The future of salt marshes depends in a large part on the balance between the future rate of marsh accretion and the future rate of sea-level rise (SLR). Current accretion rates can provide some insight into future resilience of salt marshes to SLR, but representative long-term rates across the complete salt marsh area are difficult to obtain. Here, we introduce a new method based on the elevation difference between a natural marsh and a neighbouring reclaimed marsh. The method, referred to as the ‘reclaimed salt marsh method’, was applied to 19 UK salt marshes and yielded a UK-averaged accretion rate of 4.5 mm/yr with considerable inter-site variability (0.68–7.88 mm/yr). Accretion rates were positively correlated with the mean spring tide range, with tide range explaining 37% of the inter-site variability in accretion rate. Observed accretion rates were found to be generally larger than that predicted for SLR according to RCP2.5, comparable to that predicted according to RCP4.5 and less than that predicted according to RCP8.5. However, future accretion rates are unlikely to remain the same. It is suggested that UK salt marshes in macrotidal settings are likely to be more resilient to SLR than those in micro- and meso-tidal settings. The reclaimed salt marsh method can be readily applied to other sites to obtain a global data base of marsh accretion rates.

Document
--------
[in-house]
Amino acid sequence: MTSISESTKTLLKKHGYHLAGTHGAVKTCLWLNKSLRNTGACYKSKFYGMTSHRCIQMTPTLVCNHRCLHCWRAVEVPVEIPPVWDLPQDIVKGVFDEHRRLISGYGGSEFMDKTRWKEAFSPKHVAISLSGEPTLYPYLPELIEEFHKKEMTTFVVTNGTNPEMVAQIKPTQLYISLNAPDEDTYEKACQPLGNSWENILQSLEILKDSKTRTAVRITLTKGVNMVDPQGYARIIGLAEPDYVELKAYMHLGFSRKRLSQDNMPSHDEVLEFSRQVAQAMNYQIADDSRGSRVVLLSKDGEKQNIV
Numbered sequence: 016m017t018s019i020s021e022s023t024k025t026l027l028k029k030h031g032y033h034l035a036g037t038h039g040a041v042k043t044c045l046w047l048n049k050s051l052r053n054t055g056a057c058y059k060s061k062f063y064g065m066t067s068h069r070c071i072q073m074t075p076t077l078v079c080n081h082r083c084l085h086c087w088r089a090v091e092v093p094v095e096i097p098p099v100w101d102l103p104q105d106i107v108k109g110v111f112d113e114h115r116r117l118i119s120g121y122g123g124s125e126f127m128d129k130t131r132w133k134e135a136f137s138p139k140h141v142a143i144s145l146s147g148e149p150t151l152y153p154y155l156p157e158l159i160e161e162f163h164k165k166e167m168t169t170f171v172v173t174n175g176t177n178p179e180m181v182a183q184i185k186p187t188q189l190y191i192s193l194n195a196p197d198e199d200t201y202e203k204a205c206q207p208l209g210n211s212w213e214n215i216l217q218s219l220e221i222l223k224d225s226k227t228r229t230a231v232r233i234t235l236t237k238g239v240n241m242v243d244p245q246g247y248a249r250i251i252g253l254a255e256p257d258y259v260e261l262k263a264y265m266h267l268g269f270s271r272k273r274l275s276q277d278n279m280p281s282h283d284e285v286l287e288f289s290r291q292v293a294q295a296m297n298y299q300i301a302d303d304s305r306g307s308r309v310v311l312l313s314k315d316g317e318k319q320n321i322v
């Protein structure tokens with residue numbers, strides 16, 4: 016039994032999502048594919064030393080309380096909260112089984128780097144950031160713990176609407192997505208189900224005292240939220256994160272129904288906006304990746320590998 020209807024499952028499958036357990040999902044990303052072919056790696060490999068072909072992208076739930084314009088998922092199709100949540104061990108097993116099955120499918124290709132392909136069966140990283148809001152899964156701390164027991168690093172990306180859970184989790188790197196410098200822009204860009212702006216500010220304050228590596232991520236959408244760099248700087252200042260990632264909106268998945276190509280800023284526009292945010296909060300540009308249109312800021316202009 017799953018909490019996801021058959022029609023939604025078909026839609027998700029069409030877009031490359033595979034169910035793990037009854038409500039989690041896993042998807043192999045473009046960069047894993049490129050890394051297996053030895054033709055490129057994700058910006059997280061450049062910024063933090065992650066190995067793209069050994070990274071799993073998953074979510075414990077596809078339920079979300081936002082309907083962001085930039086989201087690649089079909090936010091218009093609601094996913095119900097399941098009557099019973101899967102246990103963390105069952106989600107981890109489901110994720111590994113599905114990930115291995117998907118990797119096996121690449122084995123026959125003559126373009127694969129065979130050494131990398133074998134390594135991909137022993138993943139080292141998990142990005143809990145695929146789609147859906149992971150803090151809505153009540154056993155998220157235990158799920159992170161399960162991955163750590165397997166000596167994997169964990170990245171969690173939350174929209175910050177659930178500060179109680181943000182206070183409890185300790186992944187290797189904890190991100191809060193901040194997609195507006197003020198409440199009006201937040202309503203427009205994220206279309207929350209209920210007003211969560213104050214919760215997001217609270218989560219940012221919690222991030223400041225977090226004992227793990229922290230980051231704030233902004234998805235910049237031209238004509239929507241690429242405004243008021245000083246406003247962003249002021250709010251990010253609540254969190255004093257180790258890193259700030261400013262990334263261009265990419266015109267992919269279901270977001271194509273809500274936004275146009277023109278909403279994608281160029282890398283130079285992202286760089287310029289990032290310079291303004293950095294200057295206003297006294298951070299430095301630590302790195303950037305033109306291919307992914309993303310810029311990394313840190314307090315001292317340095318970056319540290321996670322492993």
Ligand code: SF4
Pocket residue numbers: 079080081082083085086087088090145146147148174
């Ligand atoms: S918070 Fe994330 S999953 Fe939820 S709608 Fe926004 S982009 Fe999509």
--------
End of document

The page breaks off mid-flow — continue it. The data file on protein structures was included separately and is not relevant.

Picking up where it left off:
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Marine Geology





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School of Biological and Marine Sciences